string(3199) "Part of the Federated States of Micronesia, Yap is situated in the Western Caroline Islands, between Guam and Palau. It is made up of four main islands, Yap South, Gagil-Tomil, Maap and Rumung. The landscape consists of rolling hills with lowlands covered in thick jungle-like vegetation. Most of the coastal areas are mangrove with occasional coral beaches. Like other FSM islands, there is a coral reef, so snorkelling is popular as is diving in the clear lagoon with the giant manta rays which appear throughout the year. The town of Colonia on Yap Main Island is the capital and is more urbanised than the village areas. Yap also has about 130 outer islands stretching nearly 1000 kilometres east of Yap Main Island. Most of the outer islands are coral atolls and are sparsely populated by a people that differ from those from the Yap Main Island both in culture and language. Four indigenous languages are spoken. These are Yapese Main Islander, Ulithian, Woleaian and Satawalese. English is the official language spoken every day, though some local government organisations still conduct business in their own vernacular. Because of its position, Yap was minimally affected when the Spanish colonised Micronesia in the 1500s, and again during German occupation from the end of the 1800s to the beginning of the First World War. The same thing occurred during the Japanese occupation, so by Micronesian standards, Yap remains relatively unaffected by modern society and influence. Most of the lands outside of Colonia downtown are privately owned properties so visitors are asked not to litter or to take any pictures of people without securing their permissions first. The stone money of Yap (largest in the world), though not legal tender in the international currency marketplace, is still used as legal tender on the island. The value of these limestone, disk shaped coins varies, though not according to size but to the stories behind them. Today, the money is still owned but not moved, even though ownership may change. Visitors can still see some of the traditional houses in the villages. The villages of Yap Main Island still retain the foundations of meeting houses and platforms used by the elder male residents to discuss community matters. Only a limited number of tourists visit Yap each year, and the locals, who are naturally warm and friendly, are more responsive to those who respect their culture and customs. All land and beaches on Yap Main Island and the outer islands are privately owned by the traditional leaders and chiefs. If you want to get off the beaten track, request to explore further by asking permission from the village/island elders. You may also have to pay a small fee for the privilege. Yap remains a distinctive destination because of the way the people value their culture, custom and history. The traditional dress is brightly coloured loin cloths for men and colourful grass or woven hibiscus skirts for women. The official currency is the US dollar and credit cards are not widely accepted. Therefore traveller’s cheques and cash are recommended for hotels, restaurants, shopping, diving and all other purchases. "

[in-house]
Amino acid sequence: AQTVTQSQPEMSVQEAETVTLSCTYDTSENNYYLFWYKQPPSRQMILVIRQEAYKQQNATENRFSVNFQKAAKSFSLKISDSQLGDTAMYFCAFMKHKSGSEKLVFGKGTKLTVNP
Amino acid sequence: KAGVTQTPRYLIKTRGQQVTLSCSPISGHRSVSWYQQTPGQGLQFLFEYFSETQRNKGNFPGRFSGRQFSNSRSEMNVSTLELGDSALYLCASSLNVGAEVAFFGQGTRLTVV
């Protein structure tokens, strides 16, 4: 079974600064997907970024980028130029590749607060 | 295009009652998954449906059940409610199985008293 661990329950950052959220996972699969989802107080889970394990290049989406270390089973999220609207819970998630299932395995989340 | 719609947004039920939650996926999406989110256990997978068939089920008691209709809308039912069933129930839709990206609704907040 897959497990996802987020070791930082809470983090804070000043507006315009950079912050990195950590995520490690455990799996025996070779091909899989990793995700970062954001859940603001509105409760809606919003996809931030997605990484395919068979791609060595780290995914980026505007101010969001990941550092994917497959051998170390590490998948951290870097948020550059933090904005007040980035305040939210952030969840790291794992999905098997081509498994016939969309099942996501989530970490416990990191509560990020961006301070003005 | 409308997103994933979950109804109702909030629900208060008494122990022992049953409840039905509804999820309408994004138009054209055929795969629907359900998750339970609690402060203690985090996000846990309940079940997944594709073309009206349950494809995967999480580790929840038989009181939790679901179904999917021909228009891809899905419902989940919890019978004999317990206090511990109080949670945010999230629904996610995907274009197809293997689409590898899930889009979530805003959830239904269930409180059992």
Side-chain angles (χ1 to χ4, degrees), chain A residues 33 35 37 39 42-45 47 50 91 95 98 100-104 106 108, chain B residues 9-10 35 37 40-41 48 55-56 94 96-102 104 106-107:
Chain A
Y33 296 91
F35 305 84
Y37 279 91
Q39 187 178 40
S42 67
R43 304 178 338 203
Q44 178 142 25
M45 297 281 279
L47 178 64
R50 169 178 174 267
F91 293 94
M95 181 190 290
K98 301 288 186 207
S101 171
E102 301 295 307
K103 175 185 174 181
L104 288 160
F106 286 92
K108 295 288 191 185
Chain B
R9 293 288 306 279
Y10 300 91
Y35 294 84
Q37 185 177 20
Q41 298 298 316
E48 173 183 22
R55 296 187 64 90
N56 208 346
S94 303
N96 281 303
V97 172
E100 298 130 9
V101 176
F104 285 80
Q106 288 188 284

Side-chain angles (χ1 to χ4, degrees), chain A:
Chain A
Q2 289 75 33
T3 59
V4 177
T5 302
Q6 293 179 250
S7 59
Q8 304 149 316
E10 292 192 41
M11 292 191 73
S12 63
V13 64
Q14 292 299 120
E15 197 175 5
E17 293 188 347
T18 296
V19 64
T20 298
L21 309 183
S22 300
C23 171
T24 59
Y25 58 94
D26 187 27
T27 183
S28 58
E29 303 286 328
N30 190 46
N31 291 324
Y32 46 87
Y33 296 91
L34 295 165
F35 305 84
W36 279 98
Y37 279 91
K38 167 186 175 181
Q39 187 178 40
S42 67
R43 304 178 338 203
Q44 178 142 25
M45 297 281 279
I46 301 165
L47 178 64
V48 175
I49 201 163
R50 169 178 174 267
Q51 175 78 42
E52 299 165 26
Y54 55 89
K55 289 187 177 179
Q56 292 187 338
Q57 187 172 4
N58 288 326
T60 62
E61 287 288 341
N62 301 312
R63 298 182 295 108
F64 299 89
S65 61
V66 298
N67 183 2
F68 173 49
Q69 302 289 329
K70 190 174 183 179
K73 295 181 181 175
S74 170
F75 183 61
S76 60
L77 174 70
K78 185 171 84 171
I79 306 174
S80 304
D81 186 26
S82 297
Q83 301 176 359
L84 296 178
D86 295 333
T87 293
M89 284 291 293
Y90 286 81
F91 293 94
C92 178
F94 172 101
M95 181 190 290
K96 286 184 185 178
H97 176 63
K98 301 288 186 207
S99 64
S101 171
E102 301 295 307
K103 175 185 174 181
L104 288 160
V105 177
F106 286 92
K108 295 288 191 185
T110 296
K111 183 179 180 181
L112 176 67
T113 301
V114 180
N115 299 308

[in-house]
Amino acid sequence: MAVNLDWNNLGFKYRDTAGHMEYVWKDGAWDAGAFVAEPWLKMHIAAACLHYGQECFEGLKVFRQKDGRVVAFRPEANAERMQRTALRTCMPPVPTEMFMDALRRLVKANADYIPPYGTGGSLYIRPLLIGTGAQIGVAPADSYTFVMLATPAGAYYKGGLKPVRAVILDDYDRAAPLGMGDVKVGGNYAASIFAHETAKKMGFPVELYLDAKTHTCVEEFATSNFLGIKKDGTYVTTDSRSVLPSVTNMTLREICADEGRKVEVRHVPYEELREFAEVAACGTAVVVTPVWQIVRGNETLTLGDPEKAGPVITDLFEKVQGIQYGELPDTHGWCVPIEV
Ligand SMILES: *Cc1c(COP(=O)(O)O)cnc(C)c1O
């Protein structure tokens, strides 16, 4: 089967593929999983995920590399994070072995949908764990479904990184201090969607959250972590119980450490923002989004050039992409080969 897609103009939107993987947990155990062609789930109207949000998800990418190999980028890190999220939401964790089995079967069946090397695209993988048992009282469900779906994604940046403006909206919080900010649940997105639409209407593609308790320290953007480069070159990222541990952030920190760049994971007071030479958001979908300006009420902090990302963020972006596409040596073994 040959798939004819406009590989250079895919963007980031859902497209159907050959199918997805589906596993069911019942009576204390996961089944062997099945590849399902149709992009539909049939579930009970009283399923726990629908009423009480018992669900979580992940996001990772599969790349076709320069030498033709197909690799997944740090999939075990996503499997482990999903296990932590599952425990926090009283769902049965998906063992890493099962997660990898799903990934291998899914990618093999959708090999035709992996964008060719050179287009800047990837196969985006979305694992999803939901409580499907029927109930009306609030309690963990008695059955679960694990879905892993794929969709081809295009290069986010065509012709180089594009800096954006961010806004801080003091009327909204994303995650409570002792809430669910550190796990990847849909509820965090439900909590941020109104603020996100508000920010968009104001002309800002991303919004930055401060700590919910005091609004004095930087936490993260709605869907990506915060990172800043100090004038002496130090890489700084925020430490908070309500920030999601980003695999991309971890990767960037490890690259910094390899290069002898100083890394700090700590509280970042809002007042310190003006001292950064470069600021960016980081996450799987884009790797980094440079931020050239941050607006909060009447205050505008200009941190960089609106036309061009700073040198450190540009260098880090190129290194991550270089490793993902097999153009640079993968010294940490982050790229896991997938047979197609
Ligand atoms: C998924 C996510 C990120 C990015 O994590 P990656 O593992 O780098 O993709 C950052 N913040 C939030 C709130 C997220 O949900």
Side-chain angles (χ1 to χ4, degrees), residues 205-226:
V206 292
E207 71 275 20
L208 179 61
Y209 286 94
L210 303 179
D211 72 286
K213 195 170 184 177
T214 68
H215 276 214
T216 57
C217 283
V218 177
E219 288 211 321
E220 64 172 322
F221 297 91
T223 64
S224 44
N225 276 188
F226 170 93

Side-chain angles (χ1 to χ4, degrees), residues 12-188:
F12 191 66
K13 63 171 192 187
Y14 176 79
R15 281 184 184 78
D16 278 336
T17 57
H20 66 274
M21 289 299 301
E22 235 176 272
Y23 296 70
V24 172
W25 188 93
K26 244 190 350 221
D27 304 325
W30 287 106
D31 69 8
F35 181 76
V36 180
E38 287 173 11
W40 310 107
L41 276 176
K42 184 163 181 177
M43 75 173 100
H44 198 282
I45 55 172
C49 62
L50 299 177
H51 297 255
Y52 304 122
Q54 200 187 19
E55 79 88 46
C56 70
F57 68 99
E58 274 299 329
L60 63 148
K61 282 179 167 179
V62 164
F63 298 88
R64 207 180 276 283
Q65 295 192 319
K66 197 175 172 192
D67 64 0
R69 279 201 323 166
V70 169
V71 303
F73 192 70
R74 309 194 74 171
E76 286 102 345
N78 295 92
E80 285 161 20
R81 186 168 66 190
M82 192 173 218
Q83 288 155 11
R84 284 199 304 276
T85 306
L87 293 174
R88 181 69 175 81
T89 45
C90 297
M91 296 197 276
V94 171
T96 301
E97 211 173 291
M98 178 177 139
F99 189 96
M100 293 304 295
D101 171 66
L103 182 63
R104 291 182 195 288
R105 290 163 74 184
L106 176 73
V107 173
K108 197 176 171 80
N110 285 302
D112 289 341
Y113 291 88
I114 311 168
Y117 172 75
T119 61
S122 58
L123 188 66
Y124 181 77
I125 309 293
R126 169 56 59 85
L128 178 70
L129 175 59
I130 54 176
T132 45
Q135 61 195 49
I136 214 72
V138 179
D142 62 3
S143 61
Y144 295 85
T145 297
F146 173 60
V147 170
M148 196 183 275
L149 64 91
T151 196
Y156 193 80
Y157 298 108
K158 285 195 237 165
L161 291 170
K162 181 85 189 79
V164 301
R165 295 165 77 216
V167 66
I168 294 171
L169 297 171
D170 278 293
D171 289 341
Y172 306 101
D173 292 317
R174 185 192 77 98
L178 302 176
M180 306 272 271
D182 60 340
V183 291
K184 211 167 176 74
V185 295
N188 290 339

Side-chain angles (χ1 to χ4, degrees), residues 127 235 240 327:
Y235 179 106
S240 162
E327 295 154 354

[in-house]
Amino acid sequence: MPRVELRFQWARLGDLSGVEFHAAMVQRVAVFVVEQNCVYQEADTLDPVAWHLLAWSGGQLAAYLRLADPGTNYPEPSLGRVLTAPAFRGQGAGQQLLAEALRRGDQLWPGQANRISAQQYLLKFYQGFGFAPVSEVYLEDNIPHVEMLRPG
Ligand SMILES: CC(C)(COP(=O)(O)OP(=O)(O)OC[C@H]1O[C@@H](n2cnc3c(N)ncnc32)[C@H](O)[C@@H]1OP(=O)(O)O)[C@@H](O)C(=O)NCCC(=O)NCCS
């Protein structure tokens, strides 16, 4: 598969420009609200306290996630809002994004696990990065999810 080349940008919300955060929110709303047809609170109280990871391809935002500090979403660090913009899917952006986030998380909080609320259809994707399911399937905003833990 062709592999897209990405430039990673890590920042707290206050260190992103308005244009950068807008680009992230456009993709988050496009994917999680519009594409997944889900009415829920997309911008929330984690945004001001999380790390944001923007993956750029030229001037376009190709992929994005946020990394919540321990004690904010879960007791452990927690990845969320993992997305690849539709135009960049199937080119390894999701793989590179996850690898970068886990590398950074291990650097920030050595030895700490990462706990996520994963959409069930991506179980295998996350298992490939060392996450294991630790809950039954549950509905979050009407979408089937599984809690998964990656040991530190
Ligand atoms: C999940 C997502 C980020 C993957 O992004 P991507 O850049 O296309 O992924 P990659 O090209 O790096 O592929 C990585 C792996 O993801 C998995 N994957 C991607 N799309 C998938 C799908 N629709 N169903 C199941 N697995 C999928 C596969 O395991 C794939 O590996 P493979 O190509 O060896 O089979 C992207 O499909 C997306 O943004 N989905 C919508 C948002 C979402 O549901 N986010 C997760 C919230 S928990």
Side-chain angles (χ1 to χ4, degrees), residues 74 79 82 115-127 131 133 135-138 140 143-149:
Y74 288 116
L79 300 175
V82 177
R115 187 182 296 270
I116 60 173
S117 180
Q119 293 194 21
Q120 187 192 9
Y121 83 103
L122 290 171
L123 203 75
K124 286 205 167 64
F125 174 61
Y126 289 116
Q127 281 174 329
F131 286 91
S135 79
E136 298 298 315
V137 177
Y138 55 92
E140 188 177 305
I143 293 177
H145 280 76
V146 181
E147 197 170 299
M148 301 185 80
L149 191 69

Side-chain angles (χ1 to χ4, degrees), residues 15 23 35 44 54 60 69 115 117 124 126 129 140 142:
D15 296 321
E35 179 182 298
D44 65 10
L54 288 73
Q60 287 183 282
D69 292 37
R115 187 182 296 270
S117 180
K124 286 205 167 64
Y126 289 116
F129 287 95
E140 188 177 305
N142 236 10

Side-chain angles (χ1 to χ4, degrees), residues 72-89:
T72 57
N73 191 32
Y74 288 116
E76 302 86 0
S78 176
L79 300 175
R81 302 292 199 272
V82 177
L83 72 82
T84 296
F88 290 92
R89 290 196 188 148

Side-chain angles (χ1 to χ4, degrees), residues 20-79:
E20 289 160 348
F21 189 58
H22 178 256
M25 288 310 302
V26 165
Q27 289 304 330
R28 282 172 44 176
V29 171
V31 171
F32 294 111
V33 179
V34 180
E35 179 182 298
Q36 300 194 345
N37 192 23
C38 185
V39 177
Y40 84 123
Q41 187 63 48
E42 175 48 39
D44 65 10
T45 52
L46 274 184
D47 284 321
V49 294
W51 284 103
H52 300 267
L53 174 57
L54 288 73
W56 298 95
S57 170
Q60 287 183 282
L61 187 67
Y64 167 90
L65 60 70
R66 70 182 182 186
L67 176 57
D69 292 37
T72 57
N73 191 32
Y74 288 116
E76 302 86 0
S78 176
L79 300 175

Micronesia Marshall Islands Diving & Snorkelling Marshall Islands

Micronesia, Pacific

Marshall Islands, also known as Majol is an island nation in the Central Pacific Ocean. There are more than 1200 islands and islet...

string(2834) "Marshall Islands, also known as Majol is an island nation in the Central Pacific Ocean. There are more than 1200 islands and islets in two parallel chains of coral atolls. Marshall Islands were settled around the beginning of the Christian era, some 2000 years ago by Micronesians. The islands were later sighted by a Spanish navigator in 1529. British naval captains explored the Marshall Islands in 1788 and did some mapping. More mapping was done by Russians in the early 1800s. U.S. and Hawaiian missionaries began efforts to convert the islanders in the mid 1800s, and even Germany had inf luence in the islands in the late 1880s. Japan seized the islands in 1914, and remained until the United States liberated the Marshalls during WWII. From 1947 to 1986, the islands remained under the jurisdiction of the United States. Then it became the Republic of the Marshall Islands, and remains friends of the USA with a Compact of Free Association. From 1948 to 1958, the US conducted nuclear tests on Bikini and Enewetak Atolls. The USA continues to be the protector of The Marshalls, and maintains a missile range and base on the island of Kwajalein. To get to the Marshall Islands, there are two major airlines f lying in daily, United Airlines and Nauru Airlines. Air Marshalls f ly routes between the Atolls in small commuter propeller planes. The only two islands that have an international airport are Majuro and Kwajalein. Boats are used to traverse between the atolls also. Government owned ships make scheduled trips between the islands, and other commercial cargo lines service the islands. Majuro has a commercial dock complex, and many of the outer islands have lagoons that ships can anchor in. Marshall Islands offers tremendous outdoor activities that are exciting, adventurous, and historic. The beaches are some of the most beautiful in the world and are surrounded by crystal clear water for swimming, snorkelling, and wildlife viewing. The water remains warm all year long. There are many historic sites from WWII scattered among the outer islands and day trips and longer excursions can be made to these sites from the capital city of Majuro. Other adventurous activities include joining in on year round cultural events and engaging with friendly locals. Visitors also enjoy shopping for local handicrafts with an array of beautiful baskets, jewelry and decorations. The islanders are known for their weaving using pandanus leaves, coconut fonds and shells. Throughout the Marshall Islands there are many choices for hotel or bed and breakfast accommodation. On Majuro you will discover a range or hotels with a variety of services and rooms. There are also many exciting opportunities to experience the outer islands and distant atolls and to meet the people of the Marshall Islands. "